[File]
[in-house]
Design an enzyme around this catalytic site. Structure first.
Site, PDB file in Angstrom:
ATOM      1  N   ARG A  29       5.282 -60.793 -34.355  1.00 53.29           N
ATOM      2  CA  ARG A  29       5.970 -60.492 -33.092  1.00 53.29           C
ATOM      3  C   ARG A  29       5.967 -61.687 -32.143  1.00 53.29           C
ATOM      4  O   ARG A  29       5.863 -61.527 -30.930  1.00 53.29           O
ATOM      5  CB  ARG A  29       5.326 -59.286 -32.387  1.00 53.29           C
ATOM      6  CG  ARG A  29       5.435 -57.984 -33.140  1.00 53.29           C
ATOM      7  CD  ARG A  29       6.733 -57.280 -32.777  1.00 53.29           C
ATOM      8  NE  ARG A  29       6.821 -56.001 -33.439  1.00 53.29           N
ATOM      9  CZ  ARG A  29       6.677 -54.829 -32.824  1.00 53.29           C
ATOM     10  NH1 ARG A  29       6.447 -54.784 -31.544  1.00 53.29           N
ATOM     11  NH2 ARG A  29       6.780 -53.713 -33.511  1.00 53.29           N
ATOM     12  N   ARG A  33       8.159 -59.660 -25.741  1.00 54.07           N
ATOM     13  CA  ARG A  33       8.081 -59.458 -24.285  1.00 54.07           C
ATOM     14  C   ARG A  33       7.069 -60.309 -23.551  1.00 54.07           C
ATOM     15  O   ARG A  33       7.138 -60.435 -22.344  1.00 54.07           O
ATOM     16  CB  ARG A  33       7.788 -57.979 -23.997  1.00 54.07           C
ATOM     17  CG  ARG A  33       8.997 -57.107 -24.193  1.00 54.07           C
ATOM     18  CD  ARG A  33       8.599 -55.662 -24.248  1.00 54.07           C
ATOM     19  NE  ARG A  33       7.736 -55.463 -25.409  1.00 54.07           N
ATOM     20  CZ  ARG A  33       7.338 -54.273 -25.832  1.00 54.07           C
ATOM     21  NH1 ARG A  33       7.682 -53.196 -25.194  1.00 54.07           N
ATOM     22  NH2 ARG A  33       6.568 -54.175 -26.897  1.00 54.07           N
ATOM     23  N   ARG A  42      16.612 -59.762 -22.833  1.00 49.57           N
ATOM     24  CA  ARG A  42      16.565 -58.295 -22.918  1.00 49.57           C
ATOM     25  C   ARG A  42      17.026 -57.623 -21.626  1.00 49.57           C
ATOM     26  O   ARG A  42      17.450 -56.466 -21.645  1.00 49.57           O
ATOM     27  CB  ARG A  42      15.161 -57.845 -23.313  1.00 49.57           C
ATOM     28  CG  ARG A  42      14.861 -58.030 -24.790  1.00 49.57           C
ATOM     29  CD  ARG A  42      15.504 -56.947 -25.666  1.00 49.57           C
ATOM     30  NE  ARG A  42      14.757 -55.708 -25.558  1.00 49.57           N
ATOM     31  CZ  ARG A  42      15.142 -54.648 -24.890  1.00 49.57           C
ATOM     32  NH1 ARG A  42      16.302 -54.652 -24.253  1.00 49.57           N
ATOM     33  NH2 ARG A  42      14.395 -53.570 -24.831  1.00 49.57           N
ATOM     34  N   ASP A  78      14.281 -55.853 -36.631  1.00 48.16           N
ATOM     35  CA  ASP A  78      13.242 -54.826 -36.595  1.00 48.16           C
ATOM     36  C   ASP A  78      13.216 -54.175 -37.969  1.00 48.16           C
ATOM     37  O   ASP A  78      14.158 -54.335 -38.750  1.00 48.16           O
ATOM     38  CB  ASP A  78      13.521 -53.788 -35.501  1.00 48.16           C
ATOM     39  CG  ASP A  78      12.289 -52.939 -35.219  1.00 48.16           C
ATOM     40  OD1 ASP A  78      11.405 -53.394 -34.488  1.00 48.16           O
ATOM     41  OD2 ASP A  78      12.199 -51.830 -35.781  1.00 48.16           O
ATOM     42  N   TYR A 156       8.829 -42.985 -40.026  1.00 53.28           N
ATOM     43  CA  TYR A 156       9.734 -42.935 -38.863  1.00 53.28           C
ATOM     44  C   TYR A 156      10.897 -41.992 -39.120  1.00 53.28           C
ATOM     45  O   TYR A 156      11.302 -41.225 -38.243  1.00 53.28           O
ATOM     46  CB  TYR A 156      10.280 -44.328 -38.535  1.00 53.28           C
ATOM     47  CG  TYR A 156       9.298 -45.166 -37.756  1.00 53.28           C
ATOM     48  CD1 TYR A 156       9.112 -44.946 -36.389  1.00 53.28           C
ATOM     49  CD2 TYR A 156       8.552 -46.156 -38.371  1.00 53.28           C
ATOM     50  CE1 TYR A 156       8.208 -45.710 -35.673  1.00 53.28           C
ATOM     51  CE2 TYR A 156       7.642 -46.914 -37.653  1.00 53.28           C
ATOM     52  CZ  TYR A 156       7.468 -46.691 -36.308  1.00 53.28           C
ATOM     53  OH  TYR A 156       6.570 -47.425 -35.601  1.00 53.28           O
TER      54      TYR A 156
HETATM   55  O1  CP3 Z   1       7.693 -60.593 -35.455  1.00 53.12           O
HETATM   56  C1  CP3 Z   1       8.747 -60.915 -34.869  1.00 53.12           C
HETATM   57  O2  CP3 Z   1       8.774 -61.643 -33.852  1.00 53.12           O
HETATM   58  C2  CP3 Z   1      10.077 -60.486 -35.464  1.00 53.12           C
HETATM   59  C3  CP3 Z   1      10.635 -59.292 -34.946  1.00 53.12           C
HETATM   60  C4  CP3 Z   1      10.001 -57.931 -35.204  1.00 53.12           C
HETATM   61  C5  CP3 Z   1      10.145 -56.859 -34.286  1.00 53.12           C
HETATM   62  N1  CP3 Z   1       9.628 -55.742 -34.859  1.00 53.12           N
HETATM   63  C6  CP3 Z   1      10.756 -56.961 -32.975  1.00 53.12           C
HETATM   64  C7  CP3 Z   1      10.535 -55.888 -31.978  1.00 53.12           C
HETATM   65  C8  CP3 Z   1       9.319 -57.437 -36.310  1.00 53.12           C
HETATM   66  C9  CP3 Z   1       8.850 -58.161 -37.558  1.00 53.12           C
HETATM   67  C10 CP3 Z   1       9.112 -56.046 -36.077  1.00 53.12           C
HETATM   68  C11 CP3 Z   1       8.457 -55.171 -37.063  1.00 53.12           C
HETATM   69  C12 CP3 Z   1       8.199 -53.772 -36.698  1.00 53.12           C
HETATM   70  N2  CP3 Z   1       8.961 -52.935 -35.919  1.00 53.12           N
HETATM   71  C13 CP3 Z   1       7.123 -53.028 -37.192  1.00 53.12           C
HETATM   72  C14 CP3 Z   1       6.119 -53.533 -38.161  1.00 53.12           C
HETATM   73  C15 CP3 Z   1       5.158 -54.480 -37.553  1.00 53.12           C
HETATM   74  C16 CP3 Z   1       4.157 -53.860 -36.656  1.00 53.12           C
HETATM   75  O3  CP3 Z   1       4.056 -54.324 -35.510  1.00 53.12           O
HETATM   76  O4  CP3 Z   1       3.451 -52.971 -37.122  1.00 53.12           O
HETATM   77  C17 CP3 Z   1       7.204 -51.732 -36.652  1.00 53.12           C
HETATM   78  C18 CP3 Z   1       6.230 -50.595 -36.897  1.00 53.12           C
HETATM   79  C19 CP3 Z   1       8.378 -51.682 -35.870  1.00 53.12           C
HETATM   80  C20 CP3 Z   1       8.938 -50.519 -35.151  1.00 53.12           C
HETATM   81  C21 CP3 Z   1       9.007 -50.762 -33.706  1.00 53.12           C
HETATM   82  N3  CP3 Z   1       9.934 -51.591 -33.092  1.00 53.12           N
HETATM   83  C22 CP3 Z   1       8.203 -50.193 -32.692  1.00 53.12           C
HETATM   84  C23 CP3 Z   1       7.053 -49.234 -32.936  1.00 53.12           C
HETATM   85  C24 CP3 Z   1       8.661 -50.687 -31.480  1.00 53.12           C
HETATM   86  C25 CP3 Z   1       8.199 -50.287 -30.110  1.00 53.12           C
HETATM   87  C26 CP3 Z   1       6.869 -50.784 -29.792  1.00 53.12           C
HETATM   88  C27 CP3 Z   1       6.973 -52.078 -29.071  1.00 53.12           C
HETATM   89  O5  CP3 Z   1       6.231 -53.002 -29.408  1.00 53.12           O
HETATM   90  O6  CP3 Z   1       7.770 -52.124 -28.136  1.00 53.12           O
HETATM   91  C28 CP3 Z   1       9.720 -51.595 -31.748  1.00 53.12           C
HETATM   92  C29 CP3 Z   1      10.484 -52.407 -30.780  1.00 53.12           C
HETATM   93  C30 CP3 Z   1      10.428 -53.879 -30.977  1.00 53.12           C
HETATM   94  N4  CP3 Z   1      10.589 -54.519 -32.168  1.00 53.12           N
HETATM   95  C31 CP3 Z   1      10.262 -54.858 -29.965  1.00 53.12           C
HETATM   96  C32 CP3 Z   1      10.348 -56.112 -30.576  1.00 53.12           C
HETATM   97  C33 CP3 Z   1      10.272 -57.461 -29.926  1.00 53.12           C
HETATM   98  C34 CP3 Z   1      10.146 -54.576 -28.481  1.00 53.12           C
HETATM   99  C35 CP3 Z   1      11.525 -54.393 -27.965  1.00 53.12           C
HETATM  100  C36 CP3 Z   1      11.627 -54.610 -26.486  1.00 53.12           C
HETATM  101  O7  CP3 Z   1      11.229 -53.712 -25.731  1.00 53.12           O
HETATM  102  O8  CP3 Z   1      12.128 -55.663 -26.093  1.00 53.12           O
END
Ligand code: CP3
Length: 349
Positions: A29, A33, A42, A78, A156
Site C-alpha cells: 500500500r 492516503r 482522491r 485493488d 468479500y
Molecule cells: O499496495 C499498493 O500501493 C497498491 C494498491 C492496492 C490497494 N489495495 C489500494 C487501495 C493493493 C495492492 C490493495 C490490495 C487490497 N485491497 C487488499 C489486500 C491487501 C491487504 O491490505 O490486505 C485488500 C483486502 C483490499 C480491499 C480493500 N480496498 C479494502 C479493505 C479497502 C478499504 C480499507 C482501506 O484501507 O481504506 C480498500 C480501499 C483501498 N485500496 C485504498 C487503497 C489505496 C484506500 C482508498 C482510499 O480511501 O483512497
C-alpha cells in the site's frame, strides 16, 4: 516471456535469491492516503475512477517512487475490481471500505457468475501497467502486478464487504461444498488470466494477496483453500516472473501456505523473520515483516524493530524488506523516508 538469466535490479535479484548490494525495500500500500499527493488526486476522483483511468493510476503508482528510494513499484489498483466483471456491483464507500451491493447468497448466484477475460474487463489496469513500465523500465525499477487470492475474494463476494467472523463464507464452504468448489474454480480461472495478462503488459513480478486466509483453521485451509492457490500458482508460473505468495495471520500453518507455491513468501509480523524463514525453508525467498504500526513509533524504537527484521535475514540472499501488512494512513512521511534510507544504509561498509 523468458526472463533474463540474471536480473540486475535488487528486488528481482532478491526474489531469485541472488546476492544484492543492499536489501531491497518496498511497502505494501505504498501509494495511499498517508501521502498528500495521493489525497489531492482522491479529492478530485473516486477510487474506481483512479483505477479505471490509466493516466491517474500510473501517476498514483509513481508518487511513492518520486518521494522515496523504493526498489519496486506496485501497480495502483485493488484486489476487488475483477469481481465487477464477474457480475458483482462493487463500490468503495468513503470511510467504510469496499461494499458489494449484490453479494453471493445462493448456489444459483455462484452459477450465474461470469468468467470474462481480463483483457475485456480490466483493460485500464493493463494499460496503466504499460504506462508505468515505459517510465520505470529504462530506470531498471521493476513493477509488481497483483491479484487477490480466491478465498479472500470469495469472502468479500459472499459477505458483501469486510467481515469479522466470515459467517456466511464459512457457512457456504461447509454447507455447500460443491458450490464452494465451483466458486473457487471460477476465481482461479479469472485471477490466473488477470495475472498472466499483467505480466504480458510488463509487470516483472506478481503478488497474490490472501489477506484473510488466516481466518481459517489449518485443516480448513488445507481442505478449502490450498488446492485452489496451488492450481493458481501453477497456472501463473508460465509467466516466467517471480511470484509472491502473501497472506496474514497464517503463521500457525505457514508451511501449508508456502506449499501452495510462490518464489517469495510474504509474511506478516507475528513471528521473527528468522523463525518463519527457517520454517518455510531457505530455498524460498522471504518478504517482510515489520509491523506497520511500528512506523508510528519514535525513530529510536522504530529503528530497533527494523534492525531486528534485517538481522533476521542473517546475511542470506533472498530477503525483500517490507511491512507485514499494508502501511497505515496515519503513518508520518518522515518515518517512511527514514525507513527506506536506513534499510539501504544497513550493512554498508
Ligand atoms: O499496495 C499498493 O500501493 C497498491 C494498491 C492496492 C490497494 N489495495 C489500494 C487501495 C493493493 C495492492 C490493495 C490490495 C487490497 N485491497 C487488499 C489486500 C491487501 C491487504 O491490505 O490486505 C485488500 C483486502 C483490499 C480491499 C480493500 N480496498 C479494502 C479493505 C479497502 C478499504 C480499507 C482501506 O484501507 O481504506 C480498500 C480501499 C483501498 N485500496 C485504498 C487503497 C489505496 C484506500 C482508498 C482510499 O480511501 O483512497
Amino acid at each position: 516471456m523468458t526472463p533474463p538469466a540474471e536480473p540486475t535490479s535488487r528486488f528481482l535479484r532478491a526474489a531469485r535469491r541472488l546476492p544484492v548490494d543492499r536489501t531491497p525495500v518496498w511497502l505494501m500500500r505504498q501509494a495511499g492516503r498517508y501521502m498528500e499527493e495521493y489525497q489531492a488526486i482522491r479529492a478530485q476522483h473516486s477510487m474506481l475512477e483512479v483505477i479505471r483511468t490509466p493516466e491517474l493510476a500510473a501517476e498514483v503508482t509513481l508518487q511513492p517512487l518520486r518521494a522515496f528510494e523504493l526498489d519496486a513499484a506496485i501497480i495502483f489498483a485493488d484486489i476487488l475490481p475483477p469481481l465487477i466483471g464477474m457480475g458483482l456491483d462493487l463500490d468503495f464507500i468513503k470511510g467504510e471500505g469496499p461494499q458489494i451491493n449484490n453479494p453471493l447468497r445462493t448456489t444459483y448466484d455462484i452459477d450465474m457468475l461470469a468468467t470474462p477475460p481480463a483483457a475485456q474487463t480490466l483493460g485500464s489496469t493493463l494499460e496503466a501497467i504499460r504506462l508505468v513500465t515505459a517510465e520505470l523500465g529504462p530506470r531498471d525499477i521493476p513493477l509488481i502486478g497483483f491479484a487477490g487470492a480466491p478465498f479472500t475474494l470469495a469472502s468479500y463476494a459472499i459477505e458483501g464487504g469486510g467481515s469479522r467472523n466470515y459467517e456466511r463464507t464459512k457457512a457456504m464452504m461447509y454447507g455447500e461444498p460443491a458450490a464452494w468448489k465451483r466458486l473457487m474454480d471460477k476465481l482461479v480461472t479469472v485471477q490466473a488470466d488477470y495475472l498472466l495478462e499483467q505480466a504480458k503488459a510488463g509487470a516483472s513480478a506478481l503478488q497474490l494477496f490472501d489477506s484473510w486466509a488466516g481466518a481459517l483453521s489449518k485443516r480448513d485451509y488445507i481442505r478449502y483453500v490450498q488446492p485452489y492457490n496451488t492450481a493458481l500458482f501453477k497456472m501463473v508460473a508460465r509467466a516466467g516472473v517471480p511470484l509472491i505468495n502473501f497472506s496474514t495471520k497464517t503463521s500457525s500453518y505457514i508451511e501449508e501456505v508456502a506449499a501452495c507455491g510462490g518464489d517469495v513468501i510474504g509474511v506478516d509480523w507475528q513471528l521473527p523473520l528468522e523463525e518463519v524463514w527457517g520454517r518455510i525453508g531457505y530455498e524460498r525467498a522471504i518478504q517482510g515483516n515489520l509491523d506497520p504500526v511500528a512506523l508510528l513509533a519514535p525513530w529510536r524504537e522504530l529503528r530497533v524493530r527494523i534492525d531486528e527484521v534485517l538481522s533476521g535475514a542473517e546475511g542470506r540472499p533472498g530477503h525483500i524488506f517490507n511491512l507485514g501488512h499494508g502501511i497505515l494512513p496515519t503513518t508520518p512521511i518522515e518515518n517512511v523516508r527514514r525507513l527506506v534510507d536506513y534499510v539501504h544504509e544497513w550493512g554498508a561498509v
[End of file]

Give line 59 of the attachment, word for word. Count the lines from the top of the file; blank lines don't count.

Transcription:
HETATM   56  C1  CP3 Z   1       8.747 -60.915 -34.869  1.00 53.12           C